Imagine a jazz festival in which all the musicians and venues donate their services, and all the proceeds go to feed the hungry.
In Chicago, that's not a dream but a reality, thanks to the efforts of Father John Moulder, a Catholic priest who also happens to be a world-class jazz guitarist and a few years ago invented the Chi-Town Jazz Festival.
To date, the event has presented such major Chicago figures as drummer Dana Hall, trumpeter Corey Wilkes, bassist Larry Gray and Moulder himself.
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Starting March 12, the fourth annual edition will present its most ambitious lineup to date, featuring widely admired trumpeter Bobby Lewis, powerhouse singer Tammy McCann with the Reunion Orchestra, leonine tenor saxophonist Eric Schneider, adventurous pianist Rob Clearfield and many more.
Beyond the festival's artistry, it generated approximately $30,000 in its first two years and $25,000 last year alone, for a total of nearly $55,000 going to charities fighting hunger in Chicago, says Moulder. He doesn't necessarily expect the amounts to keep surging like this, but the trajectory clearly is encouraging, the funds this year going to Catholic Charities and Care for Real, which calls itself Edgewater's Food Pantry.
The marvel is that Moulder has been able to marshal so much top-flight musical talent and behind-the-scenes support with no one getting paid a dime.
"For the most part, I've had people very receptive to it, definitely wanting to do it," says Moulder.
"Sometimes, you know, it's a matter of when I'm asking. Someone might have a tour that's firming up at that time and obviously would take the gig if they're going to be on tour. …
"If I don't know some of the musicians … I might email, and sometimes I won't hear back. Maybe they're deciding they'd rather not – I don't push it beyond that."
Because everyone has to make a living, Moulder learned early on that many musicians could not donate an entire evening but could contribute a single set, which is why most of the shows feature multiple bands participating in what amounts to mini-marathons of jazz.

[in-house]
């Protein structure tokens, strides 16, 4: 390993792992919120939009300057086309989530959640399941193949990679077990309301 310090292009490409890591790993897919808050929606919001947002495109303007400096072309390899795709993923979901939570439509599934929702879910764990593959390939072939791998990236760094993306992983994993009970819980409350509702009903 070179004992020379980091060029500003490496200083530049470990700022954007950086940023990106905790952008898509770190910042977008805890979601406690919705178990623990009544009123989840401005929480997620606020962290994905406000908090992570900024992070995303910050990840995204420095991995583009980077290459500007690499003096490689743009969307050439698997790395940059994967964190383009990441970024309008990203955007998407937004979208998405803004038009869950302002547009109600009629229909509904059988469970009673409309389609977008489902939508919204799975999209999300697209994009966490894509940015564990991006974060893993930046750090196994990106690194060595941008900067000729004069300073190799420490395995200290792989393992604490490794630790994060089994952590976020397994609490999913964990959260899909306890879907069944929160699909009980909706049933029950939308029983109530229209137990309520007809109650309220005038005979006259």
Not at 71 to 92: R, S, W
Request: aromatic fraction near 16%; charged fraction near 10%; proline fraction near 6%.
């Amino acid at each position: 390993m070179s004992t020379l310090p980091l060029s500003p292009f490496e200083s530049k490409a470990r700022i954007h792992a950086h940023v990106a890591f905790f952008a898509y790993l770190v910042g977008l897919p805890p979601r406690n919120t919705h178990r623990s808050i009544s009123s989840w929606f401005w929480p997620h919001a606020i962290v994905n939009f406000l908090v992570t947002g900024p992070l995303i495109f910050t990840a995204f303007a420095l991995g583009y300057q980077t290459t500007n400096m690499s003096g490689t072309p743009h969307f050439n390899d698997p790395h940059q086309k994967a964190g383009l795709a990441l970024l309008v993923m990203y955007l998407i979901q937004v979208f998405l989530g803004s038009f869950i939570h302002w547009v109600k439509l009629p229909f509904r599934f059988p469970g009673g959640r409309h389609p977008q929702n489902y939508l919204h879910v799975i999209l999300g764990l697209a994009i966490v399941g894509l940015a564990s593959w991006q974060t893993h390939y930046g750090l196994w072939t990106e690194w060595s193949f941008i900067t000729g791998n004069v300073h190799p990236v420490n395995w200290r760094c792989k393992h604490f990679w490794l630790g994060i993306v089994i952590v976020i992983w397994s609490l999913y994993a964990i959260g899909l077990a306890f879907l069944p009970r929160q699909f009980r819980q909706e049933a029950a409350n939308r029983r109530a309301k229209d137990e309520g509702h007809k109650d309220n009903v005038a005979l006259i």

How does it work? The musicians play for free; the festival donates at least 90 percent of ticket revenues to charity (the rest covers incidental expenses); and the clubs make their showrooms available gratis, while keeping the proceeds from drinks and/or food (which helps pay staff).
"It's a win-win," says Chris Chisholm, manager of Andy's Jazz Club, which, like the Jazz Showcase and the Green Mill joined Moulder's festival from the outset.
"It's excellent, because it's hands-off for us," adds Chisholm. "He does the leg work … and he runs it so well. He's the working emcee, and he's always got everything running like a fine-tuned clock, even though he feels like he's running around with his hair on fire.
"Between John and I, we have a set dollar amount that we kick over to the event. So even if we don't get what we'd like (in box-office revenue), we always make sure to contribute a certain amount."
To anyone who has met Moulder or heard him play, it's not surprising that he inspires this kind of generosity from clubowners and musicians, neither of whom are getting rich in the "business" of jazz. Offstage, Moulder projects a gentle, disarming manner. Onstage, he's a ferocious improviser who easily could have been a major jazz star but, instead, saw music and faith as inextricably intertwined.
The Chi-Town Jazz Festival, then, stands as a natural expression of his dual interests.
"Father John Moulder has an extraordinary musical talent and, like all people so talented, he shares his gifts through teaching and performing," Cardinal Francis George said to me in an email in 2010, when Moulder launched his unusual festival.
"Since who he is is a Catholic priest, and sharing his musical ability means sharing who he is, the gift of his priesthood is also shared in his performances."
And his festival, as well.
But with the fifth anniversary approaching next year, Moulder realizes that the Chi-Town Jazz Festival may stand at a crossroads. As its audiences and revenues swell, it becomes increasingly demanding on Moulder's growing cast of back-office volunteers. And though he'd love to have a full-time administrator working on fund-raising and other matters throughout the year, he believes that could throw a wrench into the very character of the event.